And that's a good thing, IMO. If pro-woke means being against libertarian ideologues who think they have a right to be an arsehole without suffering any consequences, then I'm all for it. They're a cancer on civil society and we'd all be a lot better off with less of their bad-faith contrarianism.

Royal Navy will be getting autonomous machines – for donkey work humans can't be bothered with


What's the end result of incresingly asymmetric warfare? More terrorism?

"we must have the ability to create an overwhelming burden of cost and complexity on our adversaries"

What worries me about this philosophy is that it's all very well to engage in a cold arms race with the new bad, Emperor Xi, who's happy to escalate, but elsewhere it encourages said adversaries to move their confrontations away from the battlefield towards softer targets - civilians and infrastructure, whether via traditional terrorism or the cyber variety. Retaliation, as we've seen in the Yemen, Palestine/Israel, and Afghanistan, is inevitably directed towards the civilian targets among whom our adversaries shelter. Tsar Putin rattles his sabre, but conducts his war online with impunity (unless Russia is also suffering unreported cyber assaults).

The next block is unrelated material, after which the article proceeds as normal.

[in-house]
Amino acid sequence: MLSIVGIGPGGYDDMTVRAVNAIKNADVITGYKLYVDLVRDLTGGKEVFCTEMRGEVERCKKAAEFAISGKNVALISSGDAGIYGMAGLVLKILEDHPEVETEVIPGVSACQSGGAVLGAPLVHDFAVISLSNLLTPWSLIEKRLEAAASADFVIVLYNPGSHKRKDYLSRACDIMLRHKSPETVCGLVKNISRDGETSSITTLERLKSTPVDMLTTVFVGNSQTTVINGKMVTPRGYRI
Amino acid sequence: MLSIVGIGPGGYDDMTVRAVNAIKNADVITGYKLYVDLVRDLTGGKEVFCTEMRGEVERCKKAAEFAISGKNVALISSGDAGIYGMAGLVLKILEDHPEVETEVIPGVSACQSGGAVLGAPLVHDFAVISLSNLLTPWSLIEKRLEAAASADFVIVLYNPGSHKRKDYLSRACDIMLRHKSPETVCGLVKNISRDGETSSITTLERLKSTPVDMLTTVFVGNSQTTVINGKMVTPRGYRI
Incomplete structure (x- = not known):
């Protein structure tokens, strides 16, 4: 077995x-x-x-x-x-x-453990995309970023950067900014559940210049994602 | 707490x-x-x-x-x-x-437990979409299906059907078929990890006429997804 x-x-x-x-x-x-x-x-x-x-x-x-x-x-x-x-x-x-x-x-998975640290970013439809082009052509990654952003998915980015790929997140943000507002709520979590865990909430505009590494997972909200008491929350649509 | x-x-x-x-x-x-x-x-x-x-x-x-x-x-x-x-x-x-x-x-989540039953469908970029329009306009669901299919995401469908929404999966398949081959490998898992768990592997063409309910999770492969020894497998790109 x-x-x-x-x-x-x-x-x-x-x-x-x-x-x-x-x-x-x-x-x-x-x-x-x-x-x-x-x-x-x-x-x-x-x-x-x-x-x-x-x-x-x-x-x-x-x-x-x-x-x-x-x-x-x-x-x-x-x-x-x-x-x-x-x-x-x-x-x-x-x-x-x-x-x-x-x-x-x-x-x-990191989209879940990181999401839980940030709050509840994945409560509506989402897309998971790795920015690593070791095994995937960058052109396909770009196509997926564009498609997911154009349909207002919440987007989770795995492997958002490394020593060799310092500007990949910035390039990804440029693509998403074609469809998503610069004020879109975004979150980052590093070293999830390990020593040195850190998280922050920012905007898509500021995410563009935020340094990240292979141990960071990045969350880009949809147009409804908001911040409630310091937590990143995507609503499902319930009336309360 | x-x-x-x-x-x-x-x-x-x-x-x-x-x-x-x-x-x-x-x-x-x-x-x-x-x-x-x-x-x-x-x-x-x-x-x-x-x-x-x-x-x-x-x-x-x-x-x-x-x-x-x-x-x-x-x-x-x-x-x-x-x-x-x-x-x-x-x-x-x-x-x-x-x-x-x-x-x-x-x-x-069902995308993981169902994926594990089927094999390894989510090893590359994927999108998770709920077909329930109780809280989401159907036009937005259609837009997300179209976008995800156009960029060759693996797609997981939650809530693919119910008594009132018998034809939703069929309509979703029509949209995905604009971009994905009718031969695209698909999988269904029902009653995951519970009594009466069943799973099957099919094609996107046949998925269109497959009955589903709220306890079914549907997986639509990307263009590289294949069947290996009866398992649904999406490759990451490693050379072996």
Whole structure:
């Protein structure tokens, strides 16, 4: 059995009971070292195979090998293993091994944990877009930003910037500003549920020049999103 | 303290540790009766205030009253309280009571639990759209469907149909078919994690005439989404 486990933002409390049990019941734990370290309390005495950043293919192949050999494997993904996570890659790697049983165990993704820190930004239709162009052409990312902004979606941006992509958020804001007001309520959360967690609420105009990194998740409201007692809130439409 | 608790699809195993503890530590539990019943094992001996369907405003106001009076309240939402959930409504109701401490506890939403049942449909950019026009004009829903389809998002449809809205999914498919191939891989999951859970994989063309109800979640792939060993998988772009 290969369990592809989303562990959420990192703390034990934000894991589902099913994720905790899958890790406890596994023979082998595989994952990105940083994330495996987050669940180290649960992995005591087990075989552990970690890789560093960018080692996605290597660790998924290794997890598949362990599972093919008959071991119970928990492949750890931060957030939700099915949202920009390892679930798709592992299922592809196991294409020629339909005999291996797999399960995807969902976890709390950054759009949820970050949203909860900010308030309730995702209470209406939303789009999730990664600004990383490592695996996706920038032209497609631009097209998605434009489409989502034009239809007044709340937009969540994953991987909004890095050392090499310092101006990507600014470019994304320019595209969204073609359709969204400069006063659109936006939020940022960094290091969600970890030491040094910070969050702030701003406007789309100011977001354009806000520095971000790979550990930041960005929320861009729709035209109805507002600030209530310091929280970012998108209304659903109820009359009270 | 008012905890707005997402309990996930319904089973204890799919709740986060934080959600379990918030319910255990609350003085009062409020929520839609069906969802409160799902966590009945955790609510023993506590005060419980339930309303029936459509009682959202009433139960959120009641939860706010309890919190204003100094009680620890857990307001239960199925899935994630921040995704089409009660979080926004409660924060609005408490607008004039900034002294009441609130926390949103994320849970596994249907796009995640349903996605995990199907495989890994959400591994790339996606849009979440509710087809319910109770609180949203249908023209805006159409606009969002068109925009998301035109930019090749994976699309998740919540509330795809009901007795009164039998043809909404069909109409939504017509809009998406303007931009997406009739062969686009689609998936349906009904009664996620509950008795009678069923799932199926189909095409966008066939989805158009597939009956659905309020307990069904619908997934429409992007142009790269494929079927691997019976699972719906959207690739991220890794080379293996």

Warfare has become increasingly something that militaries inflict on civilians, rather than each other. This might be better for our warfighters, as they like to call themselves these days, and for above-the-line military expenditure, but is it really an improvement over confrontations limited to a traditional battlefield?

A developer built an AI chatbot using GPT-3 that helped a man speak again to his late fiancée. OpenAI shut it down


Re: Sad

As a widower, I think Open AI acted responsibly, although they should also be a lot more transparent. Joshua Barbeau's story indicates that he'd have become addicted to the Jessica bot if it hadn't been given a limited lifespan, even though it was very clearly not Jessica.